17. I’m just wondering…..where did the lettering “E, F, G, H” come from? Did the letters come from a persons name or stand for something besides what is shown above? Looked on site and Google searched and found nothing to explain?

  18. If there is a G4 on one side and not on the other can that be counted as an abnormal point in “E” when doing non typical? Otherwise, it is deducted and may as well not have it.

  19. Caleb, if the G4 is located in a normal position then it is a normal point and should be measured as such. The opposite antler gets a 0 since there is no G4. When you take the difference between the matched points (G4) on each of the antlers the difference will be the length of the unmatched G4. The G4 adds to the gross score, but not to the net score. B&C is based on symmetry with net score, but the gross score really reflects what the deer has on its head.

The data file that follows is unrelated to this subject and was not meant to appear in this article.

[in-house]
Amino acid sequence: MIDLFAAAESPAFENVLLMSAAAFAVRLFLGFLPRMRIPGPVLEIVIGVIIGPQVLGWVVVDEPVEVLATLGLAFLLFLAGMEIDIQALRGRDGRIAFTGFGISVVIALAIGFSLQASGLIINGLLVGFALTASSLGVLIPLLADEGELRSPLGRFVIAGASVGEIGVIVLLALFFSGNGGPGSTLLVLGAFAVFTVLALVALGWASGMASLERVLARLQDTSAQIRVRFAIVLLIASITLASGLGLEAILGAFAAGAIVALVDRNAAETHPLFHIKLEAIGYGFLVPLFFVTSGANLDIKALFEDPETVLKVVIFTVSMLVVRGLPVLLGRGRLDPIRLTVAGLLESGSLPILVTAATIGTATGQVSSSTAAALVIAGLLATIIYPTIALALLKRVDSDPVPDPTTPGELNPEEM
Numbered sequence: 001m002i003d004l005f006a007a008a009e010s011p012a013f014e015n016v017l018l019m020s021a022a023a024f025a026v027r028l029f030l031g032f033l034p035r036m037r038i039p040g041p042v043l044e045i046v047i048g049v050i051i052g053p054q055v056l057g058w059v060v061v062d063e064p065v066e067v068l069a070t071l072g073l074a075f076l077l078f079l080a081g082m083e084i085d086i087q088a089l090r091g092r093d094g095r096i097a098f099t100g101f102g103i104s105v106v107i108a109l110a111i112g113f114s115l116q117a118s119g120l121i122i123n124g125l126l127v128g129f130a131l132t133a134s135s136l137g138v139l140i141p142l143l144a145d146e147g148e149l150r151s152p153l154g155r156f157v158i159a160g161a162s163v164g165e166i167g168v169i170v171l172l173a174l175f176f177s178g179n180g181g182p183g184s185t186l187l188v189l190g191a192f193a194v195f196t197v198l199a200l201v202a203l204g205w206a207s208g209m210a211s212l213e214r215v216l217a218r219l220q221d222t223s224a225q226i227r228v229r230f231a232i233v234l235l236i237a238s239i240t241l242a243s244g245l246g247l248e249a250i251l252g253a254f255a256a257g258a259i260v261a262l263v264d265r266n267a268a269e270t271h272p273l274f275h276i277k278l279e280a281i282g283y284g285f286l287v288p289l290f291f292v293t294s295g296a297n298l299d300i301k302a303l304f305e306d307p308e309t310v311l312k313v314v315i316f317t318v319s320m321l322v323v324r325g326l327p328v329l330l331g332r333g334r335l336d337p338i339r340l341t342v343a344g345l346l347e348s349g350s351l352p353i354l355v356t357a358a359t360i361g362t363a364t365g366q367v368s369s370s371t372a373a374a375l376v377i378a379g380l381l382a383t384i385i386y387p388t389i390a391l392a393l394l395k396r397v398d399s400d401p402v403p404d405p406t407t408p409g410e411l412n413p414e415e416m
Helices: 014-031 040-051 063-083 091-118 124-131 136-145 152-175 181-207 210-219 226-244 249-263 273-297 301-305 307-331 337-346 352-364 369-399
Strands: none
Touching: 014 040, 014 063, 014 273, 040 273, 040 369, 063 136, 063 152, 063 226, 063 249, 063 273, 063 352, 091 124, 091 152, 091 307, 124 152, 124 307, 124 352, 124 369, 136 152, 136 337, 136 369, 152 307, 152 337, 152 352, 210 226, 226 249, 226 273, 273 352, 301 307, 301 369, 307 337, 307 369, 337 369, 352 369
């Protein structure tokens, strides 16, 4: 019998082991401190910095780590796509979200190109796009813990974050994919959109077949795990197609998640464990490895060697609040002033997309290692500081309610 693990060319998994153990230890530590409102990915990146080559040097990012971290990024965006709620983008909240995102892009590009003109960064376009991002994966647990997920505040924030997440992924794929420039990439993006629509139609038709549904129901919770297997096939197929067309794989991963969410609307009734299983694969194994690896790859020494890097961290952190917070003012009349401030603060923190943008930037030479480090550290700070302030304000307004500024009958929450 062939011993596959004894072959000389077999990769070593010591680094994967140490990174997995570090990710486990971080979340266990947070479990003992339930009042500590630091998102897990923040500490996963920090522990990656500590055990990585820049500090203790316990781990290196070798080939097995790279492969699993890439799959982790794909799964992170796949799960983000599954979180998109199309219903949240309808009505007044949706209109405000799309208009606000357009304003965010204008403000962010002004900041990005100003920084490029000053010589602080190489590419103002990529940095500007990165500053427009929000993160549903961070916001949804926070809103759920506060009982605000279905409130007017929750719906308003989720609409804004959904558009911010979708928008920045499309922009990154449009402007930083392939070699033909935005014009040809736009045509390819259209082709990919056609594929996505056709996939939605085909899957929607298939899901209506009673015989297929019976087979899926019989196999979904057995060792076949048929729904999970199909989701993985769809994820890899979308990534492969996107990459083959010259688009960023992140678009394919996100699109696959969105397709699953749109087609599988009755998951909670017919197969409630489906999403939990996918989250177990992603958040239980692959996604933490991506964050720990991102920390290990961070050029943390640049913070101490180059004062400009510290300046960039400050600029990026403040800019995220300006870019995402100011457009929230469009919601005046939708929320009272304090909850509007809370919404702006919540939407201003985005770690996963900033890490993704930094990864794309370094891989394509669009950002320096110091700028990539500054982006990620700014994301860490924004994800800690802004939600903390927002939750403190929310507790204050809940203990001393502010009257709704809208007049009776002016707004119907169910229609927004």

20. I have a question regarding missing brows or G1’s. Is there a rule of thumb that dictates what a G1 or G2 is? Reason I ask is in a certain game cam pic this buck has what appears to be about a 9″ G1, but it’s about 3 inches away from the base. It started a discussion on whether it was a G2 or a huge G1. Haven’t heard of a distinguishing rule.

  21. Brandon, I can not cite a specific rule off hand but I do know that to be considered a “normal point” the point must be in the location where it is generally found on the species in question. I can understand a buck having G1s closer to the burr or possibly slightly further up the beam, but anything out of the ordinary is considered an abnormal point, especially if it is an unmatched point.